Spring into the season by hiking Hamden’s Sleeping Giant State Park

By on April 20, 2005

Many students are looking to enjoy the weather in a more peaceful, private, and out-of-campus environment – and that is where the Sleeping Giant State Park falls into play. Featuring two miles of trails leading to its summit, Sleeping Giant State Park remains a distinctive feature on the Connecticut skyline.

“I’ve been hiking since I was younger. I’ve always loved the castle at the top of the mountain and I always loved the time I’d spend with my dad there on those trails. Now, I like the mountain for exercise purposes and due to the fact that it’s right near campus,” Amy Dellaventura, a Hamden resident and sophomore marketing student at Quinnipiac said.

Dellaventura, like many Quinnipiac students, deems the mountain as a beneficial source for a good cardiovascular workout. Kim Driscoll, a junior, diagnostic imagining student could not agree more. “I like to be active outdoors. The gym can get crowded and the mountain is the perfect place to go to get exercise. It also gives you a chance to get away and relax in a natural environment.”

Some students are not so fond of the Sleeping Giant and its trails. “I don’t like to hike because it’s boring and holds no purpose or value to me,” Jason Goldstein, a sophomore management major said.

Other students hold the mountain valuable due to the time well spent with friends there.

“I’ve been going there [Sleeping Giant State Park] since I was four or five with my family; so it’s nothing new to me. I like to go now because I enjoy nature and I like to do the trails with my friends,” Kristen Hull, a sophomore physical therapy major said.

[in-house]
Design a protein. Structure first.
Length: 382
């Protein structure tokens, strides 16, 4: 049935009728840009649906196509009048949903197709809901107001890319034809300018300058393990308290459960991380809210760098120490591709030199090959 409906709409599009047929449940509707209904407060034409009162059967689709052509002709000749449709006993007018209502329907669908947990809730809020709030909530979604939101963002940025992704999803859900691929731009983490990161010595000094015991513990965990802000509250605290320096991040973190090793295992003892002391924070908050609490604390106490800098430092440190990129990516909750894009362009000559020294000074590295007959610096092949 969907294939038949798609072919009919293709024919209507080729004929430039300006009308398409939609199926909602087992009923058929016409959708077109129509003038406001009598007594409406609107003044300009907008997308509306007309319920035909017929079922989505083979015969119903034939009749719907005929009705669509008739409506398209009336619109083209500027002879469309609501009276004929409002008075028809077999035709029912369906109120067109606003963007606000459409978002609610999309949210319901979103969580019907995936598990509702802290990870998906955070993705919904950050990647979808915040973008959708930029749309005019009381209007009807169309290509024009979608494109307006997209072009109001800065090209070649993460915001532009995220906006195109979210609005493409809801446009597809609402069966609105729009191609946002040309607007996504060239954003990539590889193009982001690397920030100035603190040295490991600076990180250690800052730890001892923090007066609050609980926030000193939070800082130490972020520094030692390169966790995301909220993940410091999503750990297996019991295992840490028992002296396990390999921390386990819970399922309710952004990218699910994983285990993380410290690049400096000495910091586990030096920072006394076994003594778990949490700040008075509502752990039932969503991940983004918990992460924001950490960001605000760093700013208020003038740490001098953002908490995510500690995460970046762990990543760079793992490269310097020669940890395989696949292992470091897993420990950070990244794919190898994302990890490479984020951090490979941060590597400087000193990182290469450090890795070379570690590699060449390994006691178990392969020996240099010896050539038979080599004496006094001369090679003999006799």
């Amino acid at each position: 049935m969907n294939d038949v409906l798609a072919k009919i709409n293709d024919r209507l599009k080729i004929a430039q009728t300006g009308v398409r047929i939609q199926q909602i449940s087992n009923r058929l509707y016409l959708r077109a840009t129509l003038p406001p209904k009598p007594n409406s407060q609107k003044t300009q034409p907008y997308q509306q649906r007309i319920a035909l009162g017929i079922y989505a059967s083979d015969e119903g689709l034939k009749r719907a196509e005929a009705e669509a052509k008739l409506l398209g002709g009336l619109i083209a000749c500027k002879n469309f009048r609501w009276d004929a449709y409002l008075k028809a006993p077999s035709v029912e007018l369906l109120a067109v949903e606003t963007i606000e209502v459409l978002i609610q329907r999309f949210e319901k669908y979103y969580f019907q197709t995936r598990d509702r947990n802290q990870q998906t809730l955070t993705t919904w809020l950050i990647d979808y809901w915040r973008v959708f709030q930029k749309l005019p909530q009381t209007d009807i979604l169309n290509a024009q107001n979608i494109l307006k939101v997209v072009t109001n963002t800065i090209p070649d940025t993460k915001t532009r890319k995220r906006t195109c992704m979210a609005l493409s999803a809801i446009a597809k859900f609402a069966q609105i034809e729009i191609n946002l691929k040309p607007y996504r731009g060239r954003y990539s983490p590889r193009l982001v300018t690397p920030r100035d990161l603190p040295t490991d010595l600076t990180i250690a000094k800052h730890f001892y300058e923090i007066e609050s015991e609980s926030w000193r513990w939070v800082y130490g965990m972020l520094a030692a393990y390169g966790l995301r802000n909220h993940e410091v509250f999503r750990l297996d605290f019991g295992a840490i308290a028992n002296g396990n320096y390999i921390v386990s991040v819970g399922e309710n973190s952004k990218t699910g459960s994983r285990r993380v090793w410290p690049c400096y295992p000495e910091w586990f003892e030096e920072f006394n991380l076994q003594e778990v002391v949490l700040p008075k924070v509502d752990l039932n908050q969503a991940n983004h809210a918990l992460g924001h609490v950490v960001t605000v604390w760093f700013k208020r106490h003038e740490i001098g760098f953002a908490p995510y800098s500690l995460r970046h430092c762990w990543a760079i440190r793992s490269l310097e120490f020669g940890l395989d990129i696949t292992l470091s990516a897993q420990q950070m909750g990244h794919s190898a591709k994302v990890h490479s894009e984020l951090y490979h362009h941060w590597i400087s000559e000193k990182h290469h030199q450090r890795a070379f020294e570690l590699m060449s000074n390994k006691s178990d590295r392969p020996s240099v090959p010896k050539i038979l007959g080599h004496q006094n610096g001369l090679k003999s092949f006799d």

Students that hike the mountain may do so because they simply just find it to be enthralling to observe.

“I like to hike the mountain because I think it’s pretty,” sophomore marketing major Jackie MacDonald said.

Many students that describe the mountainside refer to it as being a peaceful and enjoyable getaway.

“The mountain is so relaxing and peaceful. I simply love the natural environment and I enjoy challenging myself by traveling along some of the more difficult trails. I like to feel that I’ve experienced the full potential of the mountain,” sophomore marking major Joanna Soricelli said.

“I went for an exhilarating experience,” junior Michael Denino said, of his Sleeping Giant hike.

Whether attracted to the mountain’s challenging trails or to its “exhilarating” views from atop, many students are fascinated with this historic Quinnipiac neighbor and its captivating trails.

If interested in learning about The Sleeping Giant State Park’s history and various trails, visit http://hometown.aol.com/drewclan/giant.htm. Before you set out to climb the mountain, you can learn about its countless trails, such as the ones that travel up to the “Giant’s” chin, left hand and even to the mountain’s scenic tower.


About Kristin Kroha